As summer temperatures heat up the Treasure Valley, many homeowners turn to their irrigation district to water their lawn. These districts crisscross the Valley, but the largest is the Nampa and Meridian Irrigation District (NMID). And NMID says its tax time.
Daren Coon is the Secretary Treasurer of the District, which has been around since 1904. It supplies irrigation water to 69,000 acres. That includes of farms, homes, and businesses whose owners pay taxes to the District. The 37,000 property owners in NMID are required to pay last year's taxes by June 20. People who don’t pay face a lien on their property.
Coon says around 4,000 people haven’t paid their bill. He says that money is used to keep up the District.
“It’s used to pay for the operation and maintenance of the canal, lateral, and drain system and reservoir maintenance charges for Anderson Ranch Dam and Arrowrock on the Boise River.”
Coon says you have to pay taxes if you live in the district, even if you don’t use irrigation water.
“The water rights are apportioned to the land and even though you choose not to use the irrigation water, it is a requirement of law to pay the irrigation tax,” says Coon, “in most cases, most people can use the water and do use it.”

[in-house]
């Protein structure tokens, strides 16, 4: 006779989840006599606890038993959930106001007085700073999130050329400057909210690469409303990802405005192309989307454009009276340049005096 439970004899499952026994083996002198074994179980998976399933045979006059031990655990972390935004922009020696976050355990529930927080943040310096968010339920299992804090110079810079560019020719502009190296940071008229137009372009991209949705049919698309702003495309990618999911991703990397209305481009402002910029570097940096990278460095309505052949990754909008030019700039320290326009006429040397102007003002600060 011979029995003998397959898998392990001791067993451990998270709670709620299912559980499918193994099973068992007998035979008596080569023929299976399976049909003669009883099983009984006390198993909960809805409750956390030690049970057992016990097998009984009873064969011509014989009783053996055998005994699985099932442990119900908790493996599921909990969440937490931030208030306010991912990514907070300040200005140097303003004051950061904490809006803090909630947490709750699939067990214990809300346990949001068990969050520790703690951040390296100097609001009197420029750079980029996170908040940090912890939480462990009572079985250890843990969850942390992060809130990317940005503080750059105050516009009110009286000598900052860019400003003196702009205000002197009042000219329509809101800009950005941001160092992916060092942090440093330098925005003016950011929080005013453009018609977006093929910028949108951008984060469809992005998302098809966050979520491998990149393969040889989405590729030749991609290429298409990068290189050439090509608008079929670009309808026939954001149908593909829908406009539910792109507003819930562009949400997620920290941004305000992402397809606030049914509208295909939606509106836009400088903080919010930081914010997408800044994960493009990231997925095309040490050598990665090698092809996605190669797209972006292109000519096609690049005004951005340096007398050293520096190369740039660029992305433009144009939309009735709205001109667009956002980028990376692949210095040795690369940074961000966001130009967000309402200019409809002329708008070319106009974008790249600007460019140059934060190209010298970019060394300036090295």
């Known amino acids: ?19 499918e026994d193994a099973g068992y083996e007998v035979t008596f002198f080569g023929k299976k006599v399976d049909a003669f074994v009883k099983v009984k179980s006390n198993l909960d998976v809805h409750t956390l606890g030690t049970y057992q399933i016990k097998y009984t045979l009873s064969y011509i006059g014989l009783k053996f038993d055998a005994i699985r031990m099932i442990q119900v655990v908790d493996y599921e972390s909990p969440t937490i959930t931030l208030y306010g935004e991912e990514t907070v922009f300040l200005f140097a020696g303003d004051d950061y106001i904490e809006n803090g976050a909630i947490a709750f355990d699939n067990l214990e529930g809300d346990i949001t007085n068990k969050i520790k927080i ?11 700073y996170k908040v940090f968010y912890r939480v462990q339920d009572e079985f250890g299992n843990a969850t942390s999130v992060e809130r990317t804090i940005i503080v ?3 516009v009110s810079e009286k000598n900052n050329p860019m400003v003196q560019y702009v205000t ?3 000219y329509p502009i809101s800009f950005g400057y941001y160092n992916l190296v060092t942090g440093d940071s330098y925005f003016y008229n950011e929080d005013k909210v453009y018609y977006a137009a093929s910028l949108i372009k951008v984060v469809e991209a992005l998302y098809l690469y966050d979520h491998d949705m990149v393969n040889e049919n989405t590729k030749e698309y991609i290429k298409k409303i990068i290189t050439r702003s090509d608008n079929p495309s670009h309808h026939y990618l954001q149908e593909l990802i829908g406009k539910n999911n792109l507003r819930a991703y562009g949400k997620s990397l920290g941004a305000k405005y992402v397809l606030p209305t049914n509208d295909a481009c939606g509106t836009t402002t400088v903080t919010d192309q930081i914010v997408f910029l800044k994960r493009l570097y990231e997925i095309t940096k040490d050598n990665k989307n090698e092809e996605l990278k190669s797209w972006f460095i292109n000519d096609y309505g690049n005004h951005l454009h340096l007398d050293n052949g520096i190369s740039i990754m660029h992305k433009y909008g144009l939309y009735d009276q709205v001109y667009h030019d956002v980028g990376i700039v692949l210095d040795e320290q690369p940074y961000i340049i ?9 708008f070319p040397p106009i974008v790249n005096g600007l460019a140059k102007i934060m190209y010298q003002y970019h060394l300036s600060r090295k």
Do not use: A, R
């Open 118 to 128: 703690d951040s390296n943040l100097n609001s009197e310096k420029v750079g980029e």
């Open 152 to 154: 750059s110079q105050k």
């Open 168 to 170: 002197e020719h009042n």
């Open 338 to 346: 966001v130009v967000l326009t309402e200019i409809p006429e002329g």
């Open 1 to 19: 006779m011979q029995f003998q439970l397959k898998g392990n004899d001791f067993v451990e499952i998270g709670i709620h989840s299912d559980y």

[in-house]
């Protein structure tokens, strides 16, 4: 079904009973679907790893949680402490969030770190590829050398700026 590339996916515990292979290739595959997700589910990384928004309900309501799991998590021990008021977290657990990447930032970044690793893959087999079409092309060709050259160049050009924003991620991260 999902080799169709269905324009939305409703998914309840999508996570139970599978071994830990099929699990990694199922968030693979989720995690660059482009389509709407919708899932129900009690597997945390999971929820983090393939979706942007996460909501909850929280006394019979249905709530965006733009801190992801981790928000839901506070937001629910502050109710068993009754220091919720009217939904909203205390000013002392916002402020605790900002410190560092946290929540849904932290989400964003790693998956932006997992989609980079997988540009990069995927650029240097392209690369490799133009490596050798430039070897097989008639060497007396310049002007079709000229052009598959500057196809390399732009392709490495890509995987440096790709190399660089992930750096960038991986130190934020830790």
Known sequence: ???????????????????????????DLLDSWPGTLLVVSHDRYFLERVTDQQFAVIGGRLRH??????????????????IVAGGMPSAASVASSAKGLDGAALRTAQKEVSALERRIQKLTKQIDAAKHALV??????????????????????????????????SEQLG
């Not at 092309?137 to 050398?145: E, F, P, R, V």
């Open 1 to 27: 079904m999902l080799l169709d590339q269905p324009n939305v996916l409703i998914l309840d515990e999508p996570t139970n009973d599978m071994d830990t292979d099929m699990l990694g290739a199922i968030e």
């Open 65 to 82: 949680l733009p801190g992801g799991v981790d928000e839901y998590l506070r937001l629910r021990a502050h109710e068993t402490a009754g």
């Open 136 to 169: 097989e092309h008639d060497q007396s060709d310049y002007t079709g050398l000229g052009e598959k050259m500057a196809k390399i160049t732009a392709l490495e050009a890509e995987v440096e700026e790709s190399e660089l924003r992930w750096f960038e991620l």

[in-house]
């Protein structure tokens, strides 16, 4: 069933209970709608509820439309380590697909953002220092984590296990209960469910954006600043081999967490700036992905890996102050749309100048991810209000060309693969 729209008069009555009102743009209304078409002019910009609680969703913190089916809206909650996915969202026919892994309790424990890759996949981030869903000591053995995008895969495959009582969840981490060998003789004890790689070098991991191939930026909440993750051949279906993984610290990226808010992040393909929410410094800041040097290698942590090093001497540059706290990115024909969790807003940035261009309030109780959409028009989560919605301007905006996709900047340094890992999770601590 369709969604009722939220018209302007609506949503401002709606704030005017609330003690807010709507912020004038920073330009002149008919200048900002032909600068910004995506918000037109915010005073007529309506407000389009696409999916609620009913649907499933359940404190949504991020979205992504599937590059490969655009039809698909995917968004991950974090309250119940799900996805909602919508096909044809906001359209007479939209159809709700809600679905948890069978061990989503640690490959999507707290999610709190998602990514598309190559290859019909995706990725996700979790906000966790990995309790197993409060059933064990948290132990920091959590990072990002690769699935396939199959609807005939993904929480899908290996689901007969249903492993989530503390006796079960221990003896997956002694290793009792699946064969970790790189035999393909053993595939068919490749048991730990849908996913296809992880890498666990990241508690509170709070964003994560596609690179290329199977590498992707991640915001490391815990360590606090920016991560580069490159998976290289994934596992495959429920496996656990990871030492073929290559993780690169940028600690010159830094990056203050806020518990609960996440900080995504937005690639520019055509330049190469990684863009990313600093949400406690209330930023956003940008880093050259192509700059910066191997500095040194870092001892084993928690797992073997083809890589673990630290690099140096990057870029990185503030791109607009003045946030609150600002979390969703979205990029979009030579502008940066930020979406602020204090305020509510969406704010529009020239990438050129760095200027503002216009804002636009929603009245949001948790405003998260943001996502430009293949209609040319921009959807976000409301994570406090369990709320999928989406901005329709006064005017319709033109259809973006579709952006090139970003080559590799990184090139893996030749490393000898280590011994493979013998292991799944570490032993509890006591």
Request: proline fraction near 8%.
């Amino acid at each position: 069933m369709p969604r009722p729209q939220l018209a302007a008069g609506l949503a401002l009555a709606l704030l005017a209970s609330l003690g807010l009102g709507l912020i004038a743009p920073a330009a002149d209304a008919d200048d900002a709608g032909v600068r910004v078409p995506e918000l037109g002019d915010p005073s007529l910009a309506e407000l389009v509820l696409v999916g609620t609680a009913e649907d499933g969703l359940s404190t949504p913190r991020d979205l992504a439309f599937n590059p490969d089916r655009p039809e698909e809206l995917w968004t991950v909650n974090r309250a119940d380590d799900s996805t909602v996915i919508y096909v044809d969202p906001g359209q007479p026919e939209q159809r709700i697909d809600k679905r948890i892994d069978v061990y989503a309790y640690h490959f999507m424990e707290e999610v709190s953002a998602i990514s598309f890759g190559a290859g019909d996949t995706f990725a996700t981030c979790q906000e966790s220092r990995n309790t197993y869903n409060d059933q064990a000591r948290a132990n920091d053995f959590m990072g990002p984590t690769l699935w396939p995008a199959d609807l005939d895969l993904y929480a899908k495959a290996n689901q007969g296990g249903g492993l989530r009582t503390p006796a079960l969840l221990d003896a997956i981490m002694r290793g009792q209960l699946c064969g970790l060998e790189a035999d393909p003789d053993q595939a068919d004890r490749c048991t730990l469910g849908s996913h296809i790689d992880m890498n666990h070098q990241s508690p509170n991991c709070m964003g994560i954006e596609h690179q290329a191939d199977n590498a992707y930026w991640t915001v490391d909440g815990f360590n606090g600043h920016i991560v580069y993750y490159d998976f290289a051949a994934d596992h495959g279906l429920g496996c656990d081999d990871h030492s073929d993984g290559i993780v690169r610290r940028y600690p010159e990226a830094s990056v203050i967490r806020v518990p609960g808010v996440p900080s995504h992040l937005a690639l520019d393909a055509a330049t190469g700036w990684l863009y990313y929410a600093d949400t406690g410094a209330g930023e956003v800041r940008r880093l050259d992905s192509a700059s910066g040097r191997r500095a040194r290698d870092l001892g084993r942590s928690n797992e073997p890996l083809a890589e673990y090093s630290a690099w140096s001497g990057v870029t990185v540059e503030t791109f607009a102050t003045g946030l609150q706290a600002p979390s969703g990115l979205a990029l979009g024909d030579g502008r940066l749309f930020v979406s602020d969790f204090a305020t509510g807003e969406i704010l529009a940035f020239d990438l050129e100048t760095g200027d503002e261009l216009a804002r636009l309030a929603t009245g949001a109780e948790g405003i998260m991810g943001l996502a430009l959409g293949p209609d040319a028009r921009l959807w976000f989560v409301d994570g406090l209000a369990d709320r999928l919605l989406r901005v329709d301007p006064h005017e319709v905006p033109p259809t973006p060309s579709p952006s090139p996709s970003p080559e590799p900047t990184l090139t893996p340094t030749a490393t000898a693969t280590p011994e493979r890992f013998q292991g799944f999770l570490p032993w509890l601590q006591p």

Coon says the District covers a large portion of the Treasure Valley, including parts of Ada, Canyon, and Idaho counties. Coon says, without it, the Valley would still be an undeveloped desert.
“Irrigation water really built the Valley. There are a lot of other institutions that came along later, but they really wouldn’t exist if it weren’t for the irrigation water.”
Coon says that’s because we live in a high plateau desert.
“If you want to see what life would have been like without irrigation, simply go out south of the Boise Airport and look to the south and that’s really what this valley looked like,” he says. “There were no trees, only a small amount along the Boise River and certainly there was no farming because there was no irrigation water.”
He says that water was, and is, crucial.
“Without irrigation or water, development just isn’t going to happen. Development can’t be sustained,” he says.
By law, owners that don’t pay last year’s bill this month will get a lien against their property. Coon says non-payment for three years can lead to the property being sold at auction to pay the bill. But he says that rarely happens.
“The district may sell one or two properties a year. Sale of property for delinquent taxes is very rare, but it does happen and that is what the law requires of irrigation districts in the state of Idaho. It is not a choice.”
If you’re not sure if you owe taxes, or don’t know if you live in the district the map below might help. Or, Coon says, you can contact the Nampa and Meridian Irrigation District.
Find Samantha Wright on Twitter @samwrightradio
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